Afghan security forces remain unprepared to defend Afghanistan despite U.S. expenditures of more than $54 billion on training and equipment, the Obama administration’s top oversight official in Afghanistan warned on Wednesday afternoon.
There are "multiple problems" for the United States to surmount before the Afghan National Security Forces (ANSF) are ready to assume control of the country after American forces depart in 2015, John Sopko, the Special Inspector General for Afghanistan Reconstruction (SIGAR), said during a speech at the New America Foundation.
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"The impending end of the U.S combat mission has led some to erroneously believe our involvement in Afghanistan is waning," Sopko said. "I believe the United States and its allies are entering the most critical phase of the reconstruction effort in Afghanistan," which is one of the most corrupt nations in the world.
Sopko said he remains "very concerned" over the ANSF’s failure to recruit and retain troops, many of whom join the force and then desert it.
"We are very concerned because the ANSF were supposed to achieve an end strength of 352 thousand troops by last October," Sopko said, according to his prepared remarks.
"The ANSF has fallen short of its staffing goals by 20 thousand troops," he said. "The number of troops ready for duty is even lower when you consider AWOL employees, desertions, and ghost employees."
If the United States fails to prepare the ANSF by the time they leave in 2015 Afghanistan will likely revert back to terrorism, Sopko warned.
"Without adequate security, meaningful progress in Afghanistan is not possible," Sopko said. "We need to ensure security or else everything we are trying to do will fall apart."
"Afghanistan could also once again become a safe haven for al Qaeda and others that are determined to harm our nation" without a well-armed and well-trained security force, Sopko said.
Sopko went on to accuse the Pentagon of exposing itself to "waste, fraud, and abuse" by failing to tell SIGAR about the ANSF’s exact personnel numbers.
SIGAR remains concerned "about the accuracy of the numbers coming out of the Pentagon," Sopko said. "The [Department of Defense] told SIGAR there is no way to validate the ANSF’s personnel numbers, often derived from reports prepared by hand by Afghan troops."
If the United States fails to determine what exactly it is paying for, "we expose ourselves to potential waste, fraud, and abuse."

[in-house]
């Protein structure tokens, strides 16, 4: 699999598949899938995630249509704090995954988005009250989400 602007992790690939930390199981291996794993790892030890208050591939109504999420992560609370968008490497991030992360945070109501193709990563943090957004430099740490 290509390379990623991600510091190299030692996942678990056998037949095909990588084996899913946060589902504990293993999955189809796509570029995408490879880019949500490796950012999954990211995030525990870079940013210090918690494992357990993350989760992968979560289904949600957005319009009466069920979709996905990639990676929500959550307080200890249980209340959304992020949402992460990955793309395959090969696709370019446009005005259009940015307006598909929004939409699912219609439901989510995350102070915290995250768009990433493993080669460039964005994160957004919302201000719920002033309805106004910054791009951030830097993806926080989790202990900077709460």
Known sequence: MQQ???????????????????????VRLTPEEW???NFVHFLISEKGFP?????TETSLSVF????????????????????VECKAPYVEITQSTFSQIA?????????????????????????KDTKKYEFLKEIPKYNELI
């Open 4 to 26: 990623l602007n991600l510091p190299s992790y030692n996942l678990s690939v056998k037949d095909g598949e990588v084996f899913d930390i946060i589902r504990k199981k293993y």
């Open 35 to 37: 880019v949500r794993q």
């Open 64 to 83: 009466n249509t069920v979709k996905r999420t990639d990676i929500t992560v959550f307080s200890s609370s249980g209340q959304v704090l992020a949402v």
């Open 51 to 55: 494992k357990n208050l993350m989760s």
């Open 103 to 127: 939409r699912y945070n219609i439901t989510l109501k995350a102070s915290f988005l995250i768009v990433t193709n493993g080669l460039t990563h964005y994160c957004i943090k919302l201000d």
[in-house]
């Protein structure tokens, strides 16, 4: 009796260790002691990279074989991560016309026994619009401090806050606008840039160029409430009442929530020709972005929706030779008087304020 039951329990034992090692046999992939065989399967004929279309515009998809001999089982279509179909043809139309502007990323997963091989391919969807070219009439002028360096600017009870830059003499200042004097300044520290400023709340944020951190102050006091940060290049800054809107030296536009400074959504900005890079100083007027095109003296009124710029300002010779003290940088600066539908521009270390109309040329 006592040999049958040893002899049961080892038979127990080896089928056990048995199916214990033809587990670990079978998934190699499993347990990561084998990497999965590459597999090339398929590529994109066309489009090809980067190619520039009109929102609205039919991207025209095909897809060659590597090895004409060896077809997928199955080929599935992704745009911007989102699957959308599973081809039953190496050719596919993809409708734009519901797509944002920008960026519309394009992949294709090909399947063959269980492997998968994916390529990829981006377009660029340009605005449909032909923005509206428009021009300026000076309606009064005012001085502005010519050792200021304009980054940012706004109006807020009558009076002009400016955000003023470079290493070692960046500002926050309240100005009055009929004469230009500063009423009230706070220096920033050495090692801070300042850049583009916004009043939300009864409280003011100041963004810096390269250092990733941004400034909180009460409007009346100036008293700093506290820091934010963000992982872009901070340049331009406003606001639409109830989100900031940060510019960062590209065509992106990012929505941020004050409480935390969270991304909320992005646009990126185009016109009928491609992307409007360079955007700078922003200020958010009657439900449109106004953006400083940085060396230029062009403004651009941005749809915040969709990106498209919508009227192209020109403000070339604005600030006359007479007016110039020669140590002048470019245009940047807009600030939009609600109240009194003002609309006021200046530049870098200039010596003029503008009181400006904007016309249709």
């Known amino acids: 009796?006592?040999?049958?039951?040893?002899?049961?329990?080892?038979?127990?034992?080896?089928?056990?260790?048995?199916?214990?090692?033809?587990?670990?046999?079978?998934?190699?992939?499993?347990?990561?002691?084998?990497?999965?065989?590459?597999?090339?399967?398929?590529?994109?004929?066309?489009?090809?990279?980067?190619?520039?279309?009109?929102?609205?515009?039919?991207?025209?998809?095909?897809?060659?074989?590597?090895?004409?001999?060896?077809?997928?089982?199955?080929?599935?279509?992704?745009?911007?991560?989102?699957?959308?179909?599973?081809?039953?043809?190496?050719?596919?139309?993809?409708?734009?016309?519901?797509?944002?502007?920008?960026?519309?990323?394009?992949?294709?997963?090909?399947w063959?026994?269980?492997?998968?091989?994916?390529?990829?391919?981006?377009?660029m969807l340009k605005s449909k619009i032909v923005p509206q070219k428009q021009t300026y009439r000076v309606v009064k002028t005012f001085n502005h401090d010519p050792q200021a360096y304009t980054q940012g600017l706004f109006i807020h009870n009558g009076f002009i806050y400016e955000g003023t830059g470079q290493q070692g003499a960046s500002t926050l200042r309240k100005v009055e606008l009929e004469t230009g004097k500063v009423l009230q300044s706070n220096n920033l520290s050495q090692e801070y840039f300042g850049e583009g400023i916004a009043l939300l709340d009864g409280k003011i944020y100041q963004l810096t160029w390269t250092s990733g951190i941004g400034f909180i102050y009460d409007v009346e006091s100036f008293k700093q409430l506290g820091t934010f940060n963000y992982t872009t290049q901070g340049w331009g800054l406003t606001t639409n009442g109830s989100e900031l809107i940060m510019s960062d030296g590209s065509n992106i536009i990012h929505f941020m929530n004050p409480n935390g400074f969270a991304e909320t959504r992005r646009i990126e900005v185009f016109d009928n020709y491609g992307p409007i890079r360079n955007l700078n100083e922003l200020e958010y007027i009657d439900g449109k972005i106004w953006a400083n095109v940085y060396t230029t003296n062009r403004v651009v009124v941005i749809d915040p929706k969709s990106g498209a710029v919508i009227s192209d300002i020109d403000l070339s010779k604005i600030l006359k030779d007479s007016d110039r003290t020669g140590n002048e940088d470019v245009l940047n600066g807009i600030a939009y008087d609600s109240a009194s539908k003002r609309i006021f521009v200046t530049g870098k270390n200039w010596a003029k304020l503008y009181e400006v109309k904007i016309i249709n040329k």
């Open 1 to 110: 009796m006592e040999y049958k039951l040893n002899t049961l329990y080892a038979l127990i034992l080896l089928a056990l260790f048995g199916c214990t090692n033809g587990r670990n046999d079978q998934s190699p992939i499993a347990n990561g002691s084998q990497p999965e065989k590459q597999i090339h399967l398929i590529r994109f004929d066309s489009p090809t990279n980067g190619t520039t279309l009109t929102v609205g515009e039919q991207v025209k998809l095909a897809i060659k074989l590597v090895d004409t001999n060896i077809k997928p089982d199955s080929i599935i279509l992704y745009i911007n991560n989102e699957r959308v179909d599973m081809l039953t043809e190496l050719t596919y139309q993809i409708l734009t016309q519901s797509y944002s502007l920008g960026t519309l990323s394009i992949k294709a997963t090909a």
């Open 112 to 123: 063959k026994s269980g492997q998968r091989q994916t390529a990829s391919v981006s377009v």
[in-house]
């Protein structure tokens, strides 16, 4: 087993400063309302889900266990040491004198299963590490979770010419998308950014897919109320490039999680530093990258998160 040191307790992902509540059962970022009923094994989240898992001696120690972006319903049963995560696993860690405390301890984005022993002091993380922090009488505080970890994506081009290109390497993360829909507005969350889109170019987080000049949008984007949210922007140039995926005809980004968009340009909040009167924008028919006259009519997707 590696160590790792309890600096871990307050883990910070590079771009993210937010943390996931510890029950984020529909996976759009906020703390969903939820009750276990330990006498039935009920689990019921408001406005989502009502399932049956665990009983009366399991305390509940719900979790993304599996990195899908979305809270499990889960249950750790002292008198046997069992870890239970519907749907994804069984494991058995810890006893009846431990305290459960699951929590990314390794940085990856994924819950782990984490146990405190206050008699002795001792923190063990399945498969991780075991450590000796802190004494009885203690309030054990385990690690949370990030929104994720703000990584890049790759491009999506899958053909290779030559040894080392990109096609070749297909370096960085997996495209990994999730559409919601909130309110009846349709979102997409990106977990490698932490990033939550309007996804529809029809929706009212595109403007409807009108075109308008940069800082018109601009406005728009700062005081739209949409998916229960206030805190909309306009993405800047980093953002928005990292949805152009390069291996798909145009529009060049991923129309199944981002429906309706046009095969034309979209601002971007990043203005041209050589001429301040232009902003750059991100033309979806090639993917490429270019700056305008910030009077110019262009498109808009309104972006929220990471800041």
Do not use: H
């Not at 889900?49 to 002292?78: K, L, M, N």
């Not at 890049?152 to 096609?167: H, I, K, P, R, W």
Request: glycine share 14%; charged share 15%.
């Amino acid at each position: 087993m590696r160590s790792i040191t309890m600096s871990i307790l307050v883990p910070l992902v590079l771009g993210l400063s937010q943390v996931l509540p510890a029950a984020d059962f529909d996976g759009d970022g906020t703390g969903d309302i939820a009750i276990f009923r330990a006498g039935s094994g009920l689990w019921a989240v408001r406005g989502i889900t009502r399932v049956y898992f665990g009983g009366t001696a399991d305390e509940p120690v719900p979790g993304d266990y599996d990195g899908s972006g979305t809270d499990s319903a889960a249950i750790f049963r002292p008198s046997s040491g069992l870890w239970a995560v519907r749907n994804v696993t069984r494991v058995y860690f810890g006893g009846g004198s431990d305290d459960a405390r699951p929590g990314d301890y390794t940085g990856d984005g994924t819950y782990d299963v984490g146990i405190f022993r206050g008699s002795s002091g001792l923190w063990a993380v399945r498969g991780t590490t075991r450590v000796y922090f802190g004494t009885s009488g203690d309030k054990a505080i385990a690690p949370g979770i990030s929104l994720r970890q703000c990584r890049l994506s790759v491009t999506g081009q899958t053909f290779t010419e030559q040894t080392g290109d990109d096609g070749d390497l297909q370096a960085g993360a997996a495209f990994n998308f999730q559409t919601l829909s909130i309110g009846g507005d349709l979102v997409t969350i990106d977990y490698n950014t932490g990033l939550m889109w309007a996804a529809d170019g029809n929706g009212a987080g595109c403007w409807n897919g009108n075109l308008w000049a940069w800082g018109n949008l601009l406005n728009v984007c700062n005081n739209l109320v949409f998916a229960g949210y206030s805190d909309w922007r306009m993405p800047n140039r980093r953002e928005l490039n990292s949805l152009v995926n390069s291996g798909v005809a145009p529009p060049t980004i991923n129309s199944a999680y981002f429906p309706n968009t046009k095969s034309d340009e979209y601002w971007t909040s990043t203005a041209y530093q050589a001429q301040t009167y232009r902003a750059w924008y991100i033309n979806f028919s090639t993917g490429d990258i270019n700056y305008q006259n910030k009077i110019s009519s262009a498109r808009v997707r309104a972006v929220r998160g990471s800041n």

Sopko said there has already been much fraud in post-war Afghanistan, outlining multiple examples of theft and taxpayer-funded reconstruction projects gone wrong.
Unidentified Afghans recently stole around $50 million for the U.S. government and stashed it in an Afghan bank account. After serving the Afghan government with a court order to freeze the account, "we were told the bank account was frozen and the money protected," Sopko said.
"A few weeks ago we learned that the money was mysteriously unfrozen by some powerful bureaucrat in Kabul," he said. "Now, most of it is gone."
Many taxpayer-funded reconstruction projects have also failed, Sopko said.
"SIGAR has found police buildings turned over to the Afghans that sit empty; a lack of trained personnel capable of conducting basic operation and maintenance on the nearly 900 facilities the United States is building for the security forces," he said.
Additionally, the Afghan Ministry of Defense "may not even be able to handle purchasing fuel for the Afghan National Army once U.S. troops leave," Sopko said, explaining that the U.S. government has failed to "account for the fuel it provided to the Afghan National Army."
The problems are only compounded by Afghanistan’s dire economic situation and rampant corruption.
As an "exceptionally poor" nation the Afghan government could find it difficult to continue funding security and reconstruction efforts once the United States pulls back funding, Sopko said.
"The International Monetary Fund recently released a report about the looming budget crisis in Afghanistan explaining that it is partly caused by widespread tax evasion and the increasing theft of customs revenues," Sopko said. "They noted that the Afghan government can’t even cover half of the country’s current budget and is years away from being able to pay its own expenses."
Afghanistan raises about $2 billion in annual revenue. Yet it will require upwards of $10 billion per year in order to sustain the country, Sopko said.
Some of Afghanistan’s customs bureaus are so deeply corrupt that more than 70 percent of potential government revenue is lost or stolen, Sopko said.
"Unless the Afghan government raises more revenue, the U.S. mission will be at risk," he said. "Until I see otherwise, I will remain deeply concerned that we need to see more progress from the Afghan government on corruption connected to taxes and customs."
Even more worrisome to Sopko is the upcoming Afghan election scheduled for 2014 and another parliamentary election scheduled for 2015.
"If either of these elections goes badly, the impacts could damage the Afghan government’s legitimacy, incite ethnic and tribal tensions, and inflict a devastating blow on the chances for a political settlement to the afghan conflict," Sopko warned.
Ballot stuffing and corrupt election laws remain a chief concern ahead of the election, according to Sopko, who said that Afghan officials do not even have the ability to identify counterfeit identity cards.
"Unless we fix problems like these before the 2014 presidential election, the Afghan people may have powerful reasons to question the results," he said.
Sopko said he would threaten to push for an end to U.S. aid to Afghanistan if the government fails to adequately combat corruption.